Your wedding flowers will be a big part of your day. You hold them as you walk down the aisle, you may get married surrounded by them and they will decorate your venue to make it look more beautiful than you even imagined. The big question on many couples minds is… what happens to them afterwards?
Well the great news is that there are loads of options. Many couples are becoming more eco-conscious and considering the impact of their wedding on the environment. Your flowers will have spent weeks or months growing and your florist will have nurtured them for several days before they appear at your wedding so why not prolong their life a little more?
One option is to have a wrapping station placed somewhere in your venue, maybe repurposing the cake table after it’s been cut or alongside your card/gift table. All you need are some brown wrapping paper (recycled), some natural twine, scissors and mason jars if you want to make it easier for your guests to carry. Your florist will be able to provide all of this for you, but if not, make sure they know you’d like to do this. Flowers in little vases on the table will be the easiest to pick up, wrap and go. If you have more structural designs, in foam or moss, the flowers might be harder to get out or too short to reuse, so chat about which ones are best beforehand and this can be factored into the design to make it easy for your guests to take.
This option definitely works for guests who are heading home after the party’s over, but if most of your guests are staying with you, it might be harder to keep them hydrated and happy. One thing to bear in mind is that your blooms won’t last as long as those you buy from a florist on the high street. These are sold nice and early, usually still closed or just opening so you get maximum enjoyment. Wedding flowers need to be at their peak for your big day so your florist will have spent several days looking after them, changing temperatures, water, sunlight (sometimes even praying…) to ensure they’re fully open and at their most beautiful.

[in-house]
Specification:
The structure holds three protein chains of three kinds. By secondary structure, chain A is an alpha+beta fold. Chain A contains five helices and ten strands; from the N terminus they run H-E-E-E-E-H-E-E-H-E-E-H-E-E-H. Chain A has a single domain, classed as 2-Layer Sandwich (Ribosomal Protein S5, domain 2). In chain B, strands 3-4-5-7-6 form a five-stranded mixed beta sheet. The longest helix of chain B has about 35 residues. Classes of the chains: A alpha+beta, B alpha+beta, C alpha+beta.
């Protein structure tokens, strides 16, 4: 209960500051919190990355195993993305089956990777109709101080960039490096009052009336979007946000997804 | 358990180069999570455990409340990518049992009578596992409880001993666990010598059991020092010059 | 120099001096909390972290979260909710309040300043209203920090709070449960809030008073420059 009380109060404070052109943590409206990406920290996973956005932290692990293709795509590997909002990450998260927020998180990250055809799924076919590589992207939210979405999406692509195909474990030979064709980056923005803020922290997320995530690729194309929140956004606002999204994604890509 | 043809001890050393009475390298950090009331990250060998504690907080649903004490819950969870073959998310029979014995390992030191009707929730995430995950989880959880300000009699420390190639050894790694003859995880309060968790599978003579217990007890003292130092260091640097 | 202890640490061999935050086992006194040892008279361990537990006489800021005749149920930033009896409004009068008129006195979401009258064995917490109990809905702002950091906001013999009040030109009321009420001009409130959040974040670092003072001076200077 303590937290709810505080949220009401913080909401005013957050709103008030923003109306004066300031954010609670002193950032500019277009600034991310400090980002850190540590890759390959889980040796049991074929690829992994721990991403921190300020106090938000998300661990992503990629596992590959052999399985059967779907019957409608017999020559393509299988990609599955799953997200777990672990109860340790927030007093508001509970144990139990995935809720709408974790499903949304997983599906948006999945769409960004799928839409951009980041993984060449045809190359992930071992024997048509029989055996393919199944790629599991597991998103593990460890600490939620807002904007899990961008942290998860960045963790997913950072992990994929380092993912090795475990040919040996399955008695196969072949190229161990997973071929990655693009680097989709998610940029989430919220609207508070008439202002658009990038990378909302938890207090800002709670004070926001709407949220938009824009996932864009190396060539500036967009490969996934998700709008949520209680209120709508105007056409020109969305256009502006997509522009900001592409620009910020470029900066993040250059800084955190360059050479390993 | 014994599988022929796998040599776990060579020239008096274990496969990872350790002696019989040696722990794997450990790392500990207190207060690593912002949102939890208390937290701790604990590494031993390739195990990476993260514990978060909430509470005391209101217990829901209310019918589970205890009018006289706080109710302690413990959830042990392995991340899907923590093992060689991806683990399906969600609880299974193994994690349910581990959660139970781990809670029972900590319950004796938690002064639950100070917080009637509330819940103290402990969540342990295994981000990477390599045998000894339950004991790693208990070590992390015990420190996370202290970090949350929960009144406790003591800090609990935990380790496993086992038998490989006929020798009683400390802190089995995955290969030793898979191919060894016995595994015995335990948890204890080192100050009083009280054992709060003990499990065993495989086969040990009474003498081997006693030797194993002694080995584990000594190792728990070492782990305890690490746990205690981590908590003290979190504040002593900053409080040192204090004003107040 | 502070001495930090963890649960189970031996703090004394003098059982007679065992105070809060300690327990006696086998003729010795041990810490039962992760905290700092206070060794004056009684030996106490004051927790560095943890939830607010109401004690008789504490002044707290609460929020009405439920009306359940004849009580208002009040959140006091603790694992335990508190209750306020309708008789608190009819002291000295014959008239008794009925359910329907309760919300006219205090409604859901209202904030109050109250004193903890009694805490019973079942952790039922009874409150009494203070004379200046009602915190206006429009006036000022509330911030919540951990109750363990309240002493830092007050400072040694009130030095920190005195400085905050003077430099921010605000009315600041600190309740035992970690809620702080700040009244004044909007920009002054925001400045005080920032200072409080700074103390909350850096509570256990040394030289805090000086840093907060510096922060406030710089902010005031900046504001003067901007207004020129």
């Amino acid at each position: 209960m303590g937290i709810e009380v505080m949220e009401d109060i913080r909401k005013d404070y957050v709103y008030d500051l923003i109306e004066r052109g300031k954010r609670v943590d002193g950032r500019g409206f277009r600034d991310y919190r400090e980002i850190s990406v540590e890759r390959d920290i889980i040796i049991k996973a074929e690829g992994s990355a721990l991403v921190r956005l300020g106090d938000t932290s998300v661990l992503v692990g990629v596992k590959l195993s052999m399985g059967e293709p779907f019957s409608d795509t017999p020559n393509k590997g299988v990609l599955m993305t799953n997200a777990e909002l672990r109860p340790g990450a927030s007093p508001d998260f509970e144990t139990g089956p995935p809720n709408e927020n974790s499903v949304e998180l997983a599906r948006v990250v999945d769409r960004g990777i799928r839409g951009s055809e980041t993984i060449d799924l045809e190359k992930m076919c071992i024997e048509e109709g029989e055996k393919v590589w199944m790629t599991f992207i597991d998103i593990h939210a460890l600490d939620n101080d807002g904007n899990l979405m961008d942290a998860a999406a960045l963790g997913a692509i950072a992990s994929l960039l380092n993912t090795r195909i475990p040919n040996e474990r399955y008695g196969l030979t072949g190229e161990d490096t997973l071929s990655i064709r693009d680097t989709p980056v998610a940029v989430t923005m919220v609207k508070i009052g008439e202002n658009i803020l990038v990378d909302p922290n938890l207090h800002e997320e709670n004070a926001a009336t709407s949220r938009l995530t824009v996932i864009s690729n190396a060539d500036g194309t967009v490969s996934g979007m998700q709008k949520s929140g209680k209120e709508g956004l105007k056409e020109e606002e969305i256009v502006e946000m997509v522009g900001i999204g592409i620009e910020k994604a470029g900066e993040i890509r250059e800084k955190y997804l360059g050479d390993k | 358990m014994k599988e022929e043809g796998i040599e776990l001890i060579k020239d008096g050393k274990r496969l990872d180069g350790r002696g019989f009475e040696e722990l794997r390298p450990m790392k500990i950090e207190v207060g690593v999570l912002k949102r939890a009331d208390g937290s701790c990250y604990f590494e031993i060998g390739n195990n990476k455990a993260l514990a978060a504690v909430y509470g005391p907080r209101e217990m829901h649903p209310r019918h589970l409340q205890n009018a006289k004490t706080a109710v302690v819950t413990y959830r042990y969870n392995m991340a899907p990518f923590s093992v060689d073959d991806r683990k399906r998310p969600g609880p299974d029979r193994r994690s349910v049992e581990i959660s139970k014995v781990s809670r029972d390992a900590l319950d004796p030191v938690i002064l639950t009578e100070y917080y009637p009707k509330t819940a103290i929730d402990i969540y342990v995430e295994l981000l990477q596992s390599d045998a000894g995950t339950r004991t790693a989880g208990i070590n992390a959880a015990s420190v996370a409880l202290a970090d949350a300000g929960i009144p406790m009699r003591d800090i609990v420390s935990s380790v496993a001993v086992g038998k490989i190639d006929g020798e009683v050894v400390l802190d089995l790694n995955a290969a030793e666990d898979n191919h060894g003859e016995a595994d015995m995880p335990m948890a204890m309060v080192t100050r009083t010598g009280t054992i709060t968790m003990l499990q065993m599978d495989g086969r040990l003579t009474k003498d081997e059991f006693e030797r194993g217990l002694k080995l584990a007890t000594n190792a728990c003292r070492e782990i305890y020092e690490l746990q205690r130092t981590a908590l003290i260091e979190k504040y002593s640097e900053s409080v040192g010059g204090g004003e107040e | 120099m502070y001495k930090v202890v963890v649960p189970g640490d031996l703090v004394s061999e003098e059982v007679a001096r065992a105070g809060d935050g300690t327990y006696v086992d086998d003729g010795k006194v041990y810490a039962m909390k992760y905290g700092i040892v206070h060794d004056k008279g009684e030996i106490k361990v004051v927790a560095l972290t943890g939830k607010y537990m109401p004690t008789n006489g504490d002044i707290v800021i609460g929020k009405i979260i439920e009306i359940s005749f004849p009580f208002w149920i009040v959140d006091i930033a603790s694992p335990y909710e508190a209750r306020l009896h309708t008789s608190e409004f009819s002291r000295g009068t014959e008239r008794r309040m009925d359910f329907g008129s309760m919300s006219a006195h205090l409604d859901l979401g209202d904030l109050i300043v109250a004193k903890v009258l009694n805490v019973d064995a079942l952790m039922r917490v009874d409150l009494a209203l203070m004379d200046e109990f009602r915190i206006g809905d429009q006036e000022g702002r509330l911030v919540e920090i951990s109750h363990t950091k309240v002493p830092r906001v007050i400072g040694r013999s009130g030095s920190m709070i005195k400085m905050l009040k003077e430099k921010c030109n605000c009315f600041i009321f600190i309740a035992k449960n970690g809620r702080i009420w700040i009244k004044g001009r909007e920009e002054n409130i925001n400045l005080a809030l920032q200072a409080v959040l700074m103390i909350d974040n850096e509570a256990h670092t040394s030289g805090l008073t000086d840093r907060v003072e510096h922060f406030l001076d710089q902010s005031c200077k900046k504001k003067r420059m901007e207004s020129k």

If a wrapping station isn’t for you, there are other options to reuse your wedding flowers. There are charities around the UK who specialise in ‘recycling’ flowers to give to care homes, hospices and other places who would benefit from some natural beauty. Flowers really are a little bit magic and have been shown to increase mood, decrease anxiety and even reduce hospital admission lengths in some instances. Even if they don’t work miracles in all cases, a bright array of fresh posies will cheer anyone up. These charities are often run by volunteer or retired florists who dedicate their spare time to spread the joy of flowers. The charity I donate to is called Floral Angels and they take in wedding flowers which they turnaround into many little bundles of happiness delivered where they’re most needed around London the South East. If you mention this to your florist, I’m sure they’ll be happy to help you work out how to make your donation and what designs will be suitable.
If your focus is more on savouring your gorgeous flowers for years to come, there are some incredibly artistic and beautiful ways to capture your blooms for all time. These tend to work with the smaller headed flowers and less ‘fleshy’ blooms. Where you want a hint of the beautiful roses from your bouquet, you can take off the petals to press/dry instead. For things you can do yourself, take a look at drying your flowers or pressing them individually. These look beautiful in a simple frame or for the more personal, there are lots of artists who seal flowers in resin which can be worn as jewellery.
For something a little different that will last a lifetime, there are incredibly talented illustrators like Charlotte Argyrou who capture the very essence of your bouquet and flowers, even from photographs. Charlotte Hupfield presses the blooms into clay to make gorgeous ceramics for you to keep forever.